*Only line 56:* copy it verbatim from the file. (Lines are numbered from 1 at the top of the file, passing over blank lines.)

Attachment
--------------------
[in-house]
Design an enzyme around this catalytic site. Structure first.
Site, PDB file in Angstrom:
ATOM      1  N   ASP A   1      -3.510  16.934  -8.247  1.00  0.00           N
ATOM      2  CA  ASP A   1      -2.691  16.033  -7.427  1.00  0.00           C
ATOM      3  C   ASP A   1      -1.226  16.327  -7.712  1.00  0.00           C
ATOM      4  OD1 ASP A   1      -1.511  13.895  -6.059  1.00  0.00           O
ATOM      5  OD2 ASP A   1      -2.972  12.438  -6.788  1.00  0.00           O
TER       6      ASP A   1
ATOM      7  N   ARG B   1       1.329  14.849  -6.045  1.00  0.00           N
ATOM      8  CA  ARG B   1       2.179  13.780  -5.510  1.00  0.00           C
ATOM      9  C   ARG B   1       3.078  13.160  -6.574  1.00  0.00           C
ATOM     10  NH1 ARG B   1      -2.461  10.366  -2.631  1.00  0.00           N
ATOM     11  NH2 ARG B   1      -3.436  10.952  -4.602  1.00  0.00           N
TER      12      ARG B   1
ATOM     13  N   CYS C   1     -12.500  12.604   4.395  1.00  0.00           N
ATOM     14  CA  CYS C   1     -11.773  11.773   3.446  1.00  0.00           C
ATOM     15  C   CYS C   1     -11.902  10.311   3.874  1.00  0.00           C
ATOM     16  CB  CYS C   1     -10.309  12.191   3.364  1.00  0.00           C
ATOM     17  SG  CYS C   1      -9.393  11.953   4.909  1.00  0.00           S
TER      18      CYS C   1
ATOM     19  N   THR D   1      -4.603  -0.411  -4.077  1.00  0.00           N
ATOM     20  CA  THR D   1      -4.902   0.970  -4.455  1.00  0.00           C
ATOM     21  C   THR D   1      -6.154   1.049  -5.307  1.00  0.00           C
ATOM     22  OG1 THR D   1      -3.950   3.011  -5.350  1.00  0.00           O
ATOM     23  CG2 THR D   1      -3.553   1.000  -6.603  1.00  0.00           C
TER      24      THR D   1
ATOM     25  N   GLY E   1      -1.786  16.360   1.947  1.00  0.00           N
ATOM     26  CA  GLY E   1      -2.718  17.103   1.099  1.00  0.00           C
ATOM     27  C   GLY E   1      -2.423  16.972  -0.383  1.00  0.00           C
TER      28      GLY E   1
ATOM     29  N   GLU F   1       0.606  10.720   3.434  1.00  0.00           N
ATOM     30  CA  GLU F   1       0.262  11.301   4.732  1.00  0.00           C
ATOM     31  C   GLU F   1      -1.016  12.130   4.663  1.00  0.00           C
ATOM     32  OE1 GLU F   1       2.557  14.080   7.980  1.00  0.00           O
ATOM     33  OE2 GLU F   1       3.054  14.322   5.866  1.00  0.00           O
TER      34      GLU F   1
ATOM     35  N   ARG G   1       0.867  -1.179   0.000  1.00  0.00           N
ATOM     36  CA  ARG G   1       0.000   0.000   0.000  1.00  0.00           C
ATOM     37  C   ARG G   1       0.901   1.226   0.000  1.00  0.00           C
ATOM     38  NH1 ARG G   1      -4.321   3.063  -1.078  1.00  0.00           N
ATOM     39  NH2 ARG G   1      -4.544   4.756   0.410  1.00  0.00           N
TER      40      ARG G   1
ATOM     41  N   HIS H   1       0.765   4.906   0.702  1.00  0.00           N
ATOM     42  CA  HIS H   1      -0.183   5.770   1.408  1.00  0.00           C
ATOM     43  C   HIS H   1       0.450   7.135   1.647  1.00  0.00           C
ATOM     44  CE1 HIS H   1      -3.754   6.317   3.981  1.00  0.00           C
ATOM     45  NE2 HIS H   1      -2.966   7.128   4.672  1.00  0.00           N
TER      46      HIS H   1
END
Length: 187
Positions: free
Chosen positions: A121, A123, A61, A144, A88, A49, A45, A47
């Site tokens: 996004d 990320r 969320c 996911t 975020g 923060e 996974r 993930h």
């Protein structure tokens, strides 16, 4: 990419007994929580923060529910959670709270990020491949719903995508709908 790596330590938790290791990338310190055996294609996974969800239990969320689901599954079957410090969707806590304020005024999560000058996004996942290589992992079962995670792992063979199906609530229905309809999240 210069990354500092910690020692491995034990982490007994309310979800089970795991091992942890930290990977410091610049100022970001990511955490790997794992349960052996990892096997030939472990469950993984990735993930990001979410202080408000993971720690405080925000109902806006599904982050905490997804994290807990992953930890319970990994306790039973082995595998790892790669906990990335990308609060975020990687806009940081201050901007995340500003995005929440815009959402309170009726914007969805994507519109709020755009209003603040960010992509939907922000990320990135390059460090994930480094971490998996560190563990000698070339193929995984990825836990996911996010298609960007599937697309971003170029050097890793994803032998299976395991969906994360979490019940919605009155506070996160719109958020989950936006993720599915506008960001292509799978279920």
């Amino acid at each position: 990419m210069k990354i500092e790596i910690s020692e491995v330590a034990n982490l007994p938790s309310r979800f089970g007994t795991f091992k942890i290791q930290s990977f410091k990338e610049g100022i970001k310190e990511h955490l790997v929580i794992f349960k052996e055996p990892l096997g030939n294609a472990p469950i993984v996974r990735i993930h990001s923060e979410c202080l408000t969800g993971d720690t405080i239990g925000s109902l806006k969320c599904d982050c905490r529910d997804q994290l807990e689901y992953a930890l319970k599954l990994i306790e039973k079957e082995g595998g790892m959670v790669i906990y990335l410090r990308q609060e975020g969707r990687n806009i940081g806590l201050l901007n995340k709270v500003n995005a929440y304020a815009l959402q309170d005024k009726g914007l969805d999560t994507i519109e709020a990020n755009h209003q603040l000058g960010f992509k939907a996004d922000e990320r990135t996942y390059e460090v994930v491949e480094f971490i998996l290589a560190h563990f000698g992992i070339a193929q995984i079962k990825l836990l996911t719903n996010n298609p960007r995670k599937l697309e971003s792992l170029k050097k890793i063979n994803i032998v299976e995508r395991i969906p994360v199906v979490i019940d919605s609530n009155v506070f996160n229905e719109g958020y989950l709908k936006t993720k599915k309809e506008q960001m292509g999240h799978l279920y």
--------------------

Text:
């Amino acid at each position: 990419m210069k990354i500092e790596i910690s020692e491995v330590a034990n982490l007994p938790s309310r979800f089970g007994t795991f091992k942890i290791q930290s990977f410091k990338e610049g100022i970001k310190e990511h955490l790997v929580i794992f349960k052996e055996p990892l096997g030939n294609a472990p469950i993984v996974r990735i993930h990001s923060e979410c202080l408000t969800g993971d720690t405080i239990g925000s109902l806006k969320c599904d982050c905490r529910d997804q994290l807990e689901y992953a930890l319970k599954l990994i306790e039973k079957e082995g595998g790892m959670v790669i906990y990335l410090r990308q609060e975020g969707r990687n806009i940081g806590l201050l901007n995340k709270v500003n995005a929440y304020a815009l959402q309170d005024k009726g914007l969805d999560t994507i519109e709020a990020n755009h209003q603040l000058g960010f992509k939907a996004d922000e990320r990135t996942y390059e460090v994930v491949e480094f971490i998996l290589a560190h563990f000698g992992i070339a193929q995984i079962k990825l836990l996911t719903n996010n298609p960007r995670k599937l697309e971003s792992l170029k050097k890793i063979n994803i032998v299976e995508r395991i969906p994360v199906v979490i019940d919605s609530n009155v506070f996160n229905e719109g958020y989950l709908k936006t993720k599915k309809e506008q960001m292509g999240h799978l279920y």